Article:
Zinc Leads Metals Slump as Europe Crisis Fuels Demand Concerns

Zinc fell to the lowest price this week, leading a slump for industrial metals, on renewed concern that Europe’s debt crisis is worsening and will curb demand.

Industrial output in Spain dropped for a 16th month in December, a report showed today. European Central Bank President Mario Draghi said risks to the region’s economy remain on the “downside.” The dollar rose against a basket of six currencies including the euro, reducing the appeal of metals as alternative assets. Financial markets in China, the world’s biggest metals user, will be shut next week for Lunar New Year celebrations.

“There’s light being brought to the fact that there are still concerns over Europe, and weakness in the euro is keeping metals under pressure,” David Meger, the director of metal trading at Vision Financial Markets in Chicago, said in a telephone interview. “The Chinese New Year will also keep markets quiet.”

Zinc for delivery in three months slid 0.2 percent to settle at $2,163 a metric ton on the London Metal Exchange at 5:51 p.m. local time, after reaching $2,144, the lowest since Feb. 1. Nickel, copper, lead and tin also fell in London. Aluminum was unchanged, after touching a one-week low.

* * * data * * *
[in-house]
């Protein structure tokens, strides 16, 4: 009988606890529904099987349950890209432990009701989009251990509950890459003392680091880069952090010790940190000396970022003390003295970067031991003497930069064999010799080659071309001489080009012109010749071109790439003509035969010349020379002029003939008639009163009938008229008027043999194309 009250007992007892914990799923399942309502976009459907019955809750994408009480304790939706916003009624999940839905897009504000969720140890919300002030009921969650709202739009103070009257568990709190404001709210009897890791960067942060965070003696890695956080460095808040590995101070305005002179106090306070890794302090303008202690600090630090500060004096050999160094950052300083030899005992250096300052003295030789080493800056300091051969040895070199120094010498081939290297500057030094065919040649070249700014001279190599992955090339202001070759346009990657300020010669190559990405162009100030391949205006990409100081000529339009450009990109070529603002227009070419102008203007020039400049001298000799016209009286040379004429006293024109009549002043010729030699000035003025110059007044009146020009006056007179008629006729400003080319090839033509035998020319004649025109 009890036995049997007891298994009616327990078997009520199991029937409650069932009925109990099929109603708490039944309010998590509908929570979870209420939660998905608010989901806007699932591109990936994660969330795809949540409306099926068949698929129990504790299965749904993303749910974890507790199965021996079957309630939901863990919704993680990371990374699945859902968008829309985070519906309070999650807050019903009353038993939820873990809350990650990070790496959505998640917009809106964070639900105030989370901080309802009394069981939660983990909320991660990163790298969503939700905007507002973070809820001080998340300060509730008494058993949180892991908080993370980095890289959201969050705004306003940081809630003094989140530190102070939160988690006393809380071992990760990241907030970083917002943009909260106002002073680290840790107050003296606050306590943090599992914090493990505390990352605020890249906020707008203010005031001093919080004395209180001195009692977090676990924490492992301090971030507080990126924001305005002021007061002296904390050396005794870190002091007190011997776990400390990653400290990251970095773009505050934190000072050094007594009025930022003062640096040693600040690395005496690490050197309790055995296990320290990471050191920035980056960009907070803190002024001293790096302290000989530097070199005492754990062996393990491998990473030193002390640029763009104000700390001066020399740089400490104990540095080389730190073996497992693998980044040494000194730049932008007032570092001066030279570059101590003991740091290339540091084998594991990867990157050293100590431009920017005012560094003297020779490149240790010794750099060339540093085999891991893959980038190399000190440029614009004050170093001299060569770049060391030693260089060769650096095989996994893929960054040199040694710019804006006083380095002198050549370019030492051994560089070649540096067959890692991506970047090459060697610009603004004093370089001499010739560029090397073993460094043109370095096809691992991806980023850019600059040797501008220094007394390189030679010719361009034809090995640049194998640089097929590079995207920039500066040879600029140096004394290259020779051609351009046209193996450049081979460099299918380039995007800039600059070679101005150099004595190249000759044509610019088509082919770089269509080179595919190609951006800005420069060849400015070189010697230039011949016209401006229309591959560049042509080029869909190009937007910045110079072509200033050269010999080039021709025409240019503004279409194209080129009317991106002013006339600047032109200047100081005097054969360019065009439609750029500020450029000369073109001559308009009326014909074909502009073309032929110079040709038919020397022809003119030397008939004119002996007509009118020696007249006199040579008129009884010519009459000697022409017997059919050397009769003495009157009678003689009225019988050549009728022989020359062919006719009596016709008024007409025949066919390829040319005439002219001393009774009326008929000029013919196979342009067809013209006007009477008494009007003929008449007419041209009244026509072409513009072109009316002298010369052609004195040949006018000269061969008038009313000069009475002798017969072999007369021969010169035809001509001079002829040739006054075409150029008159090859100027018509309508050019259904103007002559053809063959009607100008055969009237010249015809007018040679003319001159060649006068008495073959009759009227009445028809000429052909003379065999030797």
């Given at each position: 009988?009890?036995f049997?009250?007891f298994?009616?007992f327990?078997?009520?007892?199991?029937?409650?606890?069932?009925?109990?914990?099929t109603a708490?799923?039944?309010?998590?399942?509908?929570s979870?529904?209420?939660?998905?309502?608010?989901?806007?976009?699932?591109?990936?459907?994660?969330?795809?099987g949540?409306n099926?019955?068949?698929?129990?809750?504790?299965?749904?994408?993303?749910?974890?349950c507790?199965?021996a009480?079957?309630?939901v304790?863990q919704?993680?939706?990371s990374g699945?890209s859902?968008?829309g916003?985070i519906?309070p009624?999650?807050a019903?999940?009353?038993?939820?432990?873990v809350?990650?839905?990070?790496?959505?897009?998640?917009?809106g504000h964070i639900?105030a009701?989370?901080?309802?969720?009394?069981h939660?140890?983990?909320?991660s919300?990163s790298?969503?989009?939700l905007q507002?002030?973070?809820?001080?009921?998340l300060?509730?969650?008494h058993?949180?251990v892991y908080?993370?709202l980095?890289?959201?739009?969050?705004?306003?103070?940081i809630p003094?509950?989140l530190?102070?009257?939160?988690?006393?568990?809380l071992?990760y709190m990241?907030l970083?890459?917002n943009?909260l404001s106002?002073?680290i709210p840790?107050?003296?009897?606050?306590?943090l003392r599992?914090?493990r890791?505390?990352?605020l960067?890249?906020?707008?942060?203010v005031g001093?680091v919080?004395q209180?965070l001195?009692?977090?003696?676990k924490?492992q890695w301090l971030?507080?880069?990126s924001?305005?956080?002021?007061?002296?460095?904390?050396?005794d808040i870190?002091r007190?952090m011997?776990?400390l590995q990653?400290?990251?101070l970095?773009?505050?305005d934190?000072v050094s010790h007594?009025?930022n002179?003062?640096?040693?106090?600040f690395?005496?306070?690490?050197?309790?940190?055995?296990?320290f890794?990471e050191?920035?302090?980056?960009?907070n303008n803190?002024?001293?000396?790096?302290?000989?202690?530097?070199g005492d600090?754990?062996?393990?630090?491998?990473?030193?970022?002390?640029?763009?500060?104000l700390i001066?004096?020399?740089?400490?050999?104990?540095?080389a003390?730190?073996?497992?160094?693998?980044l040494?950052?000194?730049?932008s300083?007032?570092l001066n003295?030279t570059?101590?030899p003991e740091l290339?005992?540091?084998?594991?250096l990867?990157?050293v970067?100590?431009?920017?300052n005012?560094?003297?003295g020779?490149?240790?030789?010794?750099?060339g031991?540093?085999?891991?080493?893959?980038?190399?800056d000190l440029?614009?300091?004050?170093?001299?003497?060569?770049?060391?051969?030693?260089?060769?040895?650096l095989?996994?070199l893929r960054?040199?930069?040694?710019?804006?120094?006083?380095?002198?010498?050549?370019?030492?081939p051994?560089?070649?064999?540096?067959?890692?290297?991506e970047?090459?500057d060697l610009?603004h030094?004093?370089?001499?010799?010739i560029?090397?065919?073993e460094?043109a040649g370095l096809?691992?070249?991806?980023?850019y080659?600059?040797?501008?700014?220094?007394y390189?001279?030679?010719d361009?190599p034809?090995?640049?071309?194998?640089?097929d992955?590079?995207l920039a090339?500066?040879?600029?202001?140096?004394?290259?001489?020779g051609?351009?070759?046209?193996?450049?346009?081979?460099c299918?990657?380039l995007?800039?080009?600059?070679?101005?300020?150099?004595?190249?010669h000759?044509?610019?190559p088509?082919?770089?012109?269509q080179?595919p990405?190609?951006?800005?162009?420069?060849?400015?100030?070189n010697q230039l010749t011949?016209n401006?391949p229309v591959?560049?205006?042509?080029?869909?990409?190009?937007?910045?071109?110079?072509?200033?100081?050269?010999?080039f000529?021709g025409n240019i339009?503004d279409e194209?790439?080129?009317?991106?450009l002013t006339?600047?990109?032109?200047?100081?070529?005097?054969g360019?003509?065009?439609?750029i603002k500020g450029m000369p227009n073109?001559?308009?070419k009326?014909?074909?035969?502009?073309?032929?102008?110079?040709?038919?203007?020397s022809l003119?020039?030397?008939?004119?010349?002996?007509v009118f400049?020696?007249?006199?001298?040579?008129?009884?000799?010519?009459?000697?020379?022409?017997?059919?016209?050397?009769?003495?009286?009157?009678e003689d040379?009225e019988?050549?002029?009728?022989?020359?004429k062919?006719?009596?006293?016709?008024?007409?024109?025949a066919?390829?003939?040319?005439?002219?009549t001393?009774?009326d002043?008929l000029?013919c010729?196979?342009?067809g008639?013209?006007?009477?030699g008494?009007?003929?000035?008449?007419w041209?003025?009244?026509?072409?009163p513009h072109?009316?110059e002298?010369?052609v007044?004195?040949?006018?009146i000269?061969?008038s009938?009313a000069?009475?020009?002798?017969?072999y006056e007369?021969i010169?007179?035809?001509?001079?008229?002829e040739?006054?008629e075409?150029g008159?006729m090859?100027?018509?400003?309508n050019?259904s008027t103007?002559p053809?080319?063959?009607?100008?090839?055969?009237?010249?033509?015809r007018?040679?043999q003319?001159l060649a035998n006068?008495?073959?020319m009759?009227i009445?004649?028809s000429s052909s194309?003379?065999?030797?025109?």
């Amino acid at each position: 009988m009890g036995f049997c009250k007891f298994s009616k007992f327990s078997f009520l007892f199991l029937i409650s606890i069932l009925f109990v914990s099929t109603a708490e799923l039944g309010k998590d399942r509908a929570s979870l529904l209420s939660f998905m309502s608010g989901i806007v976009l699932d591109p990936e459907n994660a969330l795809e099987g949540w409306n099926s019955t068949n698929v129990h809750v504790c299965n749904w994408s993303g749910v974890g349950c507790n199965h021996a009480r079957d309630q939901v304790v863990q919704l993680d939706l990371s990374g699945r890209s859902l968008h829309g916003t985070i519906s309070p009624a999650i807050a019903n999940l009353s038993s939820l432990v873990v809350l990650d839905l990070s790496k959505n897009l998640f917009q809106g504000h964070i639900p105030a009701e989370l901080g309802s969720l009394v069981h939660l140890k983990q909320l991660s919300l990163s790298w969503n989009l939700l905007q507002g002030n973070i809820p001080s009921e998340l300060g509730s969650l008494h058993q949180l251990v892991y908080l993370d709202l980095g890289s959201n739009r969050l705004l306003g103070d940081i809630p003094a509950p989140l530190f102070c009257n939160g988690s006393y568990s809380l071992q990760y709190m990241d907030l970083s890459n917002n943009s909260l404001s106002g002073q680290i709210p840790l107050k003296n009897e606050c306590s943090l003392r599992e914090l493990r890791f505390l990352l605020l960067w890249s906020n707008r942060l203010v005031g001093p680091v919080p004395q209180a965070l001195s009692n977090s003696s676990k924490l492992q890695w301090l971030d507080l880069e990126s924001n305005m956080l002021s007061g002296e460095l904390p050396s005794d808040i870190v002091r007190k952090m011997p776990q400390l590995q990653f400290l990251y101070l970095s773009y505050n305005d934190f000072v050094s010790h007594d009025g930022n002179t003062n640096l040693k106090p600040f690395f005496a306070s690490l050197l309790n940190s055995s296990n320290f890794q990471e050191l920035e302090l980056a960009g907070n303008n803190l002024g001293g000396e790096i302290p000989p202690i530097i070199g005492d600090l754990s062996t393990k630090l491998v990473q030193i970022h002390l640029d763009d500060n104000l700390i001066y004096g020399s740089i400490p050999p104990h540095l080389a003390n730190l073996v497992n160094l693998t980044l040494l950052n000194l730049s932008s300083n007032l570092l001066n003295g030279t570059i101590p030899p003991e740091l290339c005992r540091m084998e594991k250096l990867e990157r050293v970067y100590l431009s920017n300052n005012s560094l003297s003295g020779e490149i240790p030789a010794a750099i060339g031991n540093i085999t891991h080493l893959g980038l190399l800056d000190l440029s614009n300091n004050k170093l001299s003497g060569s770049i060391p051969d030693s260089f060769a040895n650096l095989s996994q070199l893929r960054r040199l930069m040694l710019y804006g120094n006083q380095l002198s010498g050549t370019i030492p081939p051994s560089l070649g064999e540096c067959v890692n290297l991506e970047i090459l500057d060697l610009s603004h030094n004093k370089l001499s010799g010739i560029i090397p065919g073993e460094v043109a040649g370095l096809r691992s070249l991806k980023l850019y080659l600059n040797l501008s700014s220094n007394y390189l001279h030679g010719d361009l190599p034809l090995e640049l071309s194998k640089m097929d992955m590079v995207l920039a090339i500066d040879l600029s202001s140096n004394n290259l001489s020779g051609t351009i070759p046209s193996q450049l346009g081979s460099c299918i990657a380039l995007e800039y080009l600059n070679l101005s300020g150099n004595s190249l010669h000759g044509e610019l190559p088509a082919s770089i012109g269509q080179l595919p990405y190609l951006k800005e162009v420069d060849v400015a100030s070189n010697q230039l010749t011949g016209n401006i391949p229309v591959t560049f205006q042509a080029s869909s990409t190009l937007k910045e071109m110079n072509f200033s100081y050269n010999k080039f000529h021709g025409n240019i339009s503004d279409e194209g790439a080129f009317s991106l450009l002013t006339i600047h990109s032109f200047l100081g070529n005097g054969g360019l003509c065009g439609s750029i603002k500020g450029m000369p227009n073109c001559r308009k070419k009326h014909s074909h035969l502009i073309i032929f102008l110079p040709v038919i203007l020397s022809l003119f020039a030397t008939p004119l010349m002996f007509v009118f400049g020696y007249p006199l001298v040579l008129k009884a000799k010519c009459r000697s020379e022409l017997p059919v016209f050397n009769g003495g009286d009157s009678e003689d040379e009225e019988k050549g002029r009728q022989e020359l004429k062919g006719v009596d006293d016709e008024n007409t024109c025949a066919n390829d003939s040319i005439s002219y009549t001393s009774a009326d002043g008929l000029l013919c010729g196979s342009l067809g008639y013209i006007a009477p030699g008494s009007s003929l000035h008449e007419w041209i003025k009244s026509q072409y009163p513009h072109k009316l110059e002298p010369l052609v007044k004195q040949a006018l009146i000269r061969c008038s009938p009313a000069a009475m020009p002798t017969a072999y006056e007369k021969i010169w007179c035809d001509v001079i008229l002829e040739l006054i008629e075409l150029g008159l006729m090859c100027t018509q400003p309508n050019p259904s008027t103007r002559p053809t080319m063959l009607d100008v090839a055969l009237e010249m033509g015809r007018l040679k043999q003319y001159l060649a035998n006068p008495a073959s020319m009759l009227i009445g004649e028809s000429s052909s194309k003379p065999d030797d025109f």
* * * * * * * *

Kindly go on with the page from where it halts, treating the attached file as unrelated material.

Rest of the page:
Most Chinese manufacturing and construction is slowing down for next week’s holiday and will only return to normal in about another month, Fang Junfeng, an analyst at Shanghai Cifco Futures Co., said by telephone from Shanghai. China accounts for 43 percent of world zinc usage and western Europe makes up 17 percent, RBC Capital Markets estimates.

Amply Supply

Stockpiles of zinc tracked by the LME are within about 3 percent of the peak in December, which was the highest since 1994.

Zinc and lead also dropped signs of rising mine production, said Robert Montefusco, a trader at Sucden Financial Ltd. in London. Glencore International Plc resumed its lead operation on the Italian island of Sardinia, a person familiar with the matter said yesterday. Vedanta Resources Plc said it plans to ramp up output at its Gamsberg zinc operation in South Africa.

In New York, copper futures for delivery in March lost 0.4 percent to close at $3.727 a pound on the Comex, the third decline this week.

To contact the reporters on this story: Joe Richter in New York at jrichter1@bloomberg.net; Maria Kolesnikova in London at mkolesnikova@bloomberg.net

To contact the editor responsible for this story: Steve Stroth at sstroth@bloomberg.net

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